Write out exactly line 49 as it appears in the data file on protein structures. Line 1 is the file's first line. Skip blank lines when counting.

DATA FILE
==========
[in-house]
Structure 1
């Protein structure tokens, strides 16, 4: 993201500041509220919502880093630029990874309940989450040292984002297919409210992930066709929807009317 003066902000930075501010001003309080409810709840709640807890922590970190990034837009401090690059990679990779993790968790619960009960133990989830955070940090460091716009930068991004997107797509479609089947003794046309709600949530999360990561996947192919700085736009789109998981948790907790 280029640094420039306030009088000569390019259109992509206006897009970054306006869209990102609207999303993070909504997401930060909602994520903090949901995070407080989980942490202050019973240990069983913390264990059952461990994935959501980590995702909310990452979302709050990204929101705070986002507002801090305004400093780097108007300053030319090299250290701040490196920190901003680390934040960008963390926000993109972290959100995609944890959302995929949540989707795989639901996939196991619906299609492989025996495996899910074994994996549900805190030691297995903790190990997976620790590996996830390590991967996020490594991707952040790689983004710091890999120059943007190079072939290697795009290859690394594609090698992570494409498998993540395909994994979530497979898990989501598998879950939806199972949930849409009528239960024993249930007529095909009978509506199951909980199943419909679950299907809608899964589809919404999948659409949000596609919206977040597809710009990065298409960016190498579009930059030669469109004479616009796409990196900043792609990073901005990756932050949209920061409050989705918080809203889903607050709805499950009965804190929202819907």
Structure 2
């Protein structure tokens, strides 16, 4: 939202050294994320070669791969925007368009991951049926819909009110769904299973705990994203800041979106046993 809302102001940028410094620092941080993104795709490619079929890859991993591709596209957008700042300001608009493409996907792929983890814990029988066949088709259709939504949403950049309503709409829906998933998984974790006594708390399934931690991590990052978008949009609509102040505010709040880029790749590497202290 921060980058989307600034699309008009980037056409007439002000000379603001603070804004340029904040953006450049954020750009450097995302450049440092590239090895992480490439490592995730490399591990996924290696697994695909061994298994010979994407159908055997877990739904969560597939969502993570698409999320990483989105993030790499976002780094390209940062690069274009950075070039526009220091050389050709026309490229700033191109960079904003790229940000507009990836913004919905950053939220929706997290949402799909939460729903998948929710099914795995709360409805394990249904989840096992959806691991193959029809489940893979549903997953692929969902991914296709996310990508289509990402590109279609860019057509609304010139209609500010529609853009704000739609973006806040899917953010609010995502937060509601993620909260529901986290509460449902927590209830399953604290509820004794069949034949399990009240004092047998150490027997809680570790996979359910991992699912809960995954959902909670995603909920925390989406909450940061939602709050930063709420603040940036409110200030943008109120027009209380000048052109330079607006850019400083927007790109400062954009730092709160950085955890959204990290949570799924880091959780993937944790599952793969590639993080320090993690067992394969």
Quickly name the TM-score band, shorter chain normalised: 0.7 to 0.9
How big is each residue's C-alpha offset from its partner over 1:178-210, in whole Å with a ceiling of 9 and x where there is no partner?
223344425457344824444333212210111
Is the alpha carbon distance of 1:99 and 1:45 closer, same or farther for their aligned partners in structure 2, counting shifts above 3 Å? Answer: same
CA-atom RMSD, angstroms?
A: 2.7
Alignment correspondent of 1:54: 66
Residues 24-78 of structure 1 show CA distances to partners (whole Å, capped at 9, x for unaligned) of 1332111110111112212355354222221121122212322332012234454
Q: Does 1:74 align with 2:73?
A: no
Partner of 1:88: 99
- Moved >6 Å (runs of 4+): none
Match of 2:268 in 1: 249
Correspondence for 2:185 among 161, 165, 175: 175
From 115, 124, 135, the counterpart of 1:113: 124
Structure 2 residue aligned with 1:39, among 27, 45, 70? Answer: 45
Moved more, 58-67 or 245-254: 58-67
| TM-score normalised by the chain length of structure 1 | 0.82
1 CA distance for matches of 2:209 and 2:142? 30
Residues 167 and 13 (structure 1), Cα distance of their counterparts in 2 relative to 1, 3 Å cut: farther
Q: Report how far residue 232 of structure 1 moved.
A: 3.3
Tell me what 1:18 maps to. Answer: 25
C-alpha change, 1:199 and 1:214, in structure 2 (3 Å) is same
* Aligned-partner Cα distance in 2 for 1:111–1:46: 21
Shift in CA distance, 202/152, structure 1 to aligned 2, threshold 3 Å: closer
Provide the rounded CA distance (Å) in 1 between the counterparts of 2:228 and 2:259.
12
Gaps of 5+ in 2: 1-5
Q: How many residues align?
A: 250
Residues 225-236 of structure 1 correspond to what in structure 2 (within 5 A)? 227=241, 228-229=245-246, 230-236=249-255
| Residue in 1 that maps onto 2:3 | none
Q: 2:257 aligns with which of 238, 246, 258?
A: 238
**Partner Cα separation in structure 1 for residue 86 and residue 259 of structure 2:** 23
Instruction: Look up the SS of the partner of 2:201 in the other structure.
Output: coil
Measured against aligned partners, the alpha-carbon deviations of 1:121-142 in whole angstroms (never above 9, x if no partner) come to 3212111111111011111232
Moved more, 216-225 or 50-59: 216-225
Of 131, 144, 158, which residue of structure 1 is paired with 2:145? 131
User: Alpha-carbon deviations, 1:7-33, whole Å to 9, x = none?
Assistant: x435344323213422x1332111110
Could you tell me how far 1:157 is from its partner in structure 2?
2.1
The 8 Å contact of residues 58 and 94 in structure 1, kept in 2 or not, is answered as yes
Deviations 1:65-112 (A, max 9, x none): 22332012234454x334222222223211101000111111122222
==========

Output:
Could you tell me how far 1:157 is from its partner in structure 2?